WASHINGTON (Reuters) — The Obama administration has announced it would not require employers to provide health insurance for their workers until 2015, delaying a key provision of President Barack Obama's health-care reform law by one year, to beyond the next election.
The move raised questions about the future of other provisions of the law, including the mandate for individuals to obtain health coverage in 2014, and followed widespread complaints from businesses and their lobbyists about reporting requirements for employers with 50 or more full-time workers.
Retailers and other business interests welcomed the change, which analysts said could stymie a main avenue of attack on Obama's signature domestic policy achievement as campaigning for the 2014 midterm congressional election gets under way later this year.
Republicans called it evidence that Obama's plan was a failure, while Democrats termed it a demonstration of flexibility.
Whether that flexibility opens the door to further changes in the health-care law is now a matter of debate. The law, known as "Obamacare," was passed in 2010 and upheld by the U.S. Supreme Court one year ago.
"If this is negotiable, it seems like anything is negotiable," said Malcolm Slee, a tax lawyer working with businesses on health-care implementation.
Companies would have had to pay the Internal Revenue Service US$2,000 for each full-time employee who did not get health coverage, beginning Jan. 1, when the Patient Protection and Affordable Care Act is scheduled to come into full effect.
"This is designed to meet two goals," Mark Mazur, the Treasury Department's assistant secretary for tax policy, said in a government blog. "It will allow us to consider ways to simplify the new reporting requirements consistent with the 2010 law. Second, it will provide time to adapt health coverage and reporting systems while employers are moving toward making health coverage affordable and accessible."
He said the administration would publish formal guidance describing the changes within the next week.
Edward Lenz, senior counsel of the American Staffing Association, an employment and recruiting industry group, said administration officials briefed his organization, portraying the delay as a "practice year" for businesses.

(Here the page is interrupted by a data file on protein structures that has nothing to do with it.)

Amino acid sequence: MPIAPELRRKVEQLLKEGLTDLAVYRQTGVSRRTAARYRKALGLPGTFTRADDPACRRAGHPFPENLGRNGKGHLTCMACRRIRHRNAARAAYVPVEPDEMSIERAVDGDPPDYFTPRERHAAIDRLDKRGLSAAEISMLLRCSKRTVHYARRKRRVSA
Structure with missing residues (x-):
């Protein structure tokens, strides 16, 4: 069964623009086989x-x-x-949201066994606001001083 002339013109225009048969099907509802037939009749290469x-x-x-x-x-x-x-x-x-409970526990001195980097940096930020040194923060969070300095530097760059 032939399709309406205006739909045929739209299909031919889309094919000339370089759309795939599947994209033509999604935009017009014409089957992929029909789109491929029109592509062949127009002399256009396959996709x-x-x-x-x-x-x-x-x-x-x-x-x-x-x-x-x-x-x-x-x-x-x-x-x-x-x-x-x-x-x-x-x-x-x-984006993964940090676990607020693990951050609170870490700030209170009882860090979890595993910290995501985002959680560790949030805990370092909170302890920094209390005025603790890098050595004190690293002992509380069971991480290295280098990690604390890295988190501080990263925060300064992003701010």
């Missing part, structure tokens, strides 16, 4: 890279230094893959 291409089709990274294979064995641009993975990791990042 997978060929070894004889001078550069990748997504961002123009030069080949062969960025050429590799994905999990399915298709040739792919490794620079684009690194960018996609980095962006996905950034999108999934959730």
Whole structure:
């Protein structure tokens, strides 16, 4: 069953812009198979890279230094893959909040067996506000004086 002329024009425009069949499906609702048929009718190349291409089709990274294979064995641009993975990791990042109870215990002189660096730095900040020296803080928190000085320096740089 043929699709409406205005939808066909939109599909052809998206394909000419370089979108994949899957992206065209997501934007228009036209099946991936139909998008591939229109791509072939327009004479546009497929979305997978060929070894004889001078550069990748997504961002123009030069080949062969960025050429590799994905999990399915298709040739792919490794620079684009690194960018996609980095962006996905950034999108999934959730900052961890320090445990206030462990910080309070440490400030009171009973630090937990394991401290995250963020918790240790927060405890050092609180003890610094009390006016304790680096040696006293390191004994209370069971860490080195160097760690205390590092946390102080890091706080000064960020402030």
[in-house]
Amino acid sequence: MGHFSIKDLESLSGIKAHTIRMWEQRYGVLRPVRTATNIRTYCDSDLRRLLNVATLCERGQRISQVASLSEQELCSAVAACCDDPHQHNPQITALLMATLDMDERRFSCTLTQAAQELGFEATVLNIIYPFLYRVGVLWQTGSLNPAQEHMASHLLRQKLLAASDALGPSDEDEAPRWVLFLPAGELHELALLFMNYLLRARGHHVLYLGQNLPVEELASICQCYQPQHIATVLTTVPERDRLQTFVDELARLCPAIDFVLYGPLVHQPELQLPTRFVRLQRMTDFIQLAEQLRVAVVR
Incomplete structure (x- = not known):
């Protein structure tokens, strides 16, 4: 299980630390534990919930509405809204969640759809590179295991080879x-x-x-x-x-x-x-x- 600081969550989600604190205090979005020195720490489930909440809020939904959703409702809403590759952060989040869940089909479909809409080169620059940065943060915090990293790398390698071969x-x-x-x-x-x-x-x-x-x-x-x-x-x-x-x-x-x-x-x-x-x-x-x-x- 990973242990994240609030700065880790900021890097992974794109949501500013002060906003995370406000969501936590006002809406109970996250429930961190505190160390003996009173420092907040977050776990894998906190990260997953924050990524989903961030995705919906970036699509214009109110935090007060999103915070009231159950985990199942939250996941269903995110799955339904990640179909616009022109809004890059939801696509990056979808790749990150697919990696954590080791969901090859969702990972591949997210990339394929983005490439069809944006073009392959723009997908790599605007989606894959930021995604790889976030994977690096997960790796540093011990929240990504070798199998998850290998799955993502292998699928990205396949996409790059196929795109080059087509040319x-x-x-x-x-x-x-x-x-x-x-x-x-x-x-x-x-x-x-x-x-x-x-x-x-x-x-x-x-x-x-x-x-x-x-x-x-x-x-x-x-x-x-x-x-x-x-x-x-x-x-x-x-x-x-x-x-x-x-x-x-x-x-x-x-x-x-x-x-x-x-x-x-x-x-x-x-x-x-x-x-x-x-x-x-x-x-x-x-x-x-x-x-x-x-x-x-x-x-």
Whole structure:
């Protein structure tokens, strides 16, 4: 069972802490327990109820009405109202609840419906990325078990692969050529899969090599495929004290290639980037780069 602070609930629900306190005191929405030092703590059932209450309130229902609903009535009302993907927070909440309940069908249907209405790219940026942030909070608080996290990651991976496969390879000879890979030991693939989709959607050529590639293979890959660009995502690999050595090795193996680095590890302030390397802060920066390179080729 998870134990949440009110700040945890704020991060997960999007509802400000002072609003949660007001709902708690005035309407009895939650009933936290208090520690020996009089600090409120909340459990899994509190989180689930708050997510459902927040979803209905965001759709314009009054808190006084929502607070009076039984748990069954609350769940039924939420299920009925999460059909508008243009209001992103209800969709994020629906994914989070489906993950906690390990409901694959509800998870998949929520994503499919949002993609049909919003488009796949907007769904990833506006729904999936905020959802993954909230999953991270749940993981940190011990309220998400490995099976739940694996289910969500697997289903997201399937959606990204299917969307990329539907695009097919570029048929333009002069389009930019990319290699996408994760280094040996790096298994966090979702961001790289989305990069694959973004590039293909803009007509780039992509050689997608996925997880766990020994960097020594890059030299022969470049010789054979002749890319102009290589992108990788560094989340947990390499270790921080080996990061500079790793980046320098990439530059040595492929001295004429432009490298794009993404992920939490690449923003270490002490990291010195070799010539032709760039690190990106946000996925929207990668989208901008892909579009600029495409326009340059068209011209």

"In our conversation this afternoon with representatives from the administration, they are expecting employers to voluntarily go forward with these rules," he said.
Trade groups representing retailers and restaurants, among those expected to be hit hardest by the mandate, welcomed the one-year extension.
"We commend the administration's wise move," said National Retail Federation vice-president Neil Trautwein. "This one-year delay will provide employers and businesses more time to update their health-care coverage without threat of arbitrary punishment."
Some analysts saw the change as a responsible move to accommodate smaller businesses. It could also help the public education campaign to persuade the uninsured to sign up for coverage.
"It takes away one of the potential sources of criticism and frankly negative stories that were likely to materialize in the fall," said Larry Levitt of the non-partisan Kaiser Family Foundation, which tracks health-care issues.
Republican lawmakers seized on the announcement as evidence the health-care reform they have repeatedly sought to repeal represented a flawed administration policy.
House of Representatives Speaker John Boehner said the administration should now provide relief to individuals who face a penalty if they do not obtain health coverage by 2014. The so-called individual mandate will begin next year at US$95, or one per cent of taxable household income and rise in phases to US$695 per person, with a cap of 2.5 per cent of household income, by 2016.
"This is a clear acknowledgment that the law is unworkable, and it underscores the need to repeal the law and replace it with effective, patient-centered reforms," Boehner said in a statement.
But Adam Jentleson, a spokesman for Senate Majority Leader Harry Reid, said the change would help make Obamacare as beneficial as possible by allowing the administration to work with business stakeholders. "It is better to do this right than fast," he said.
The delay also raised questions about initial funding for Obamacare. The employer mandate is expected to raise US$140 billion in revenues over the next 10 years, according to the nonpartisan Congressional Budget Office (CBO). The CBO estimates the individual mandate will bring in a further US$45 billion.
"It does undermine some of the funding," said Julie Barnes of the health-care consulting firm Breakaway Policy.
The CBO forecast in May that the employer mandate would generate about US$10 billion in revenue for federal fiscal year beginning Oct. 1, 2014, rising to US$20 billion per year in 2023
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